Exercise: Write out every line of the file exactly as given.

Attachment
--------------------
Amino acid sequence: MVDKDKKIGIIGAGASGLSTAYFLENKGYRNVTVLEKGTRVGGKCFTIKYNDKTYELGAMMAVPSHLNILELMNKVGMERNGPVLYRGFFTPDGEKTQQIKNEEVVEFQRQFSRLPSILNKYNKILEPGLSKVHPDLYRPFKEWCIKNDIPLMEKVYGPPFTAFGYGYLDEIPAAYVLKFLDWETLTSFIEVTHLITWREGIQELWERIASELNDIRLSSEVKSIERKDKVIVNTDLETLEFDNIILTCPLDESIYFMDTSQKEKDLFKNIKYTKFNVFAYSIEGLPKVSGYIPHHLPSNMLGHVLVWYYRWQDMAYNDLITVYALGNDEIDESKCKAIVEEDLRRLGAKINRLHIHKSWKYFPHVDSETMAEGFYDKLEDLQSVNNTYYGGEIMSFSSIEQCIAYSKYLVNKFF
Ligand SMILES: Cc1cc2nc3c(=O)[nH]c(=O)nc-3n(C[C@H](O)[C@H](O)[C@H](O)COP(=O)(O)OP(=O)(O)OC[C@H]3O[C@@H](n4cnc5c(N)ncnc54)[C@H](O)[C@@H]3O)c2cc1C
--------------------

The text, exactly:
Amino acid sequence: MVDKDKKIGIIGAGASGLSTAYFLENKGYRNVTVLEKGTRVGGKCFTIKYNDKTYELGAMMAVPSHLNILELMNKVGMERNGPVLYRGFFTPDGEKTQQIKNEEVVEFQRQFSRLPSILNKYNKILEPGLSKVHPDLYRPFKEWCIKNDIPLMEKVYGPPFTAFGYGYLDEIPAAYVLKFLDWETLTSFIEVTHLITWREGIQELWERIASELNDIRLSSEVKSIERKDKVIVNTDLETLEFDNIILTCPLDESIYFMDTSQKEKDLFKNIKYTKFNVFAYSIEGLPKVSGYIPHHLPSNMLGHVLVWYYRWQDMAYNDLITVYALGNDEIDESKCKAIVEEDLRRLGAKINRLHIHKSWKYFPHVDSETMAEGFYDKLEDLQSVNNTYYGGEIMSFSSIEQCIAYSKYLVNKFF
Ligand SMILES: Cc1cc2nc3c(=O)[nH]c(=O)nc-3n(C[C@H](O)[C@H](O)[C@H](O)COP(=O)(O)OP(=O)(O)OC[C@H]3O[C@@H](n4cnc5c(N)ncnc54)[C@H](O)[C@@H]3O)c2cc1C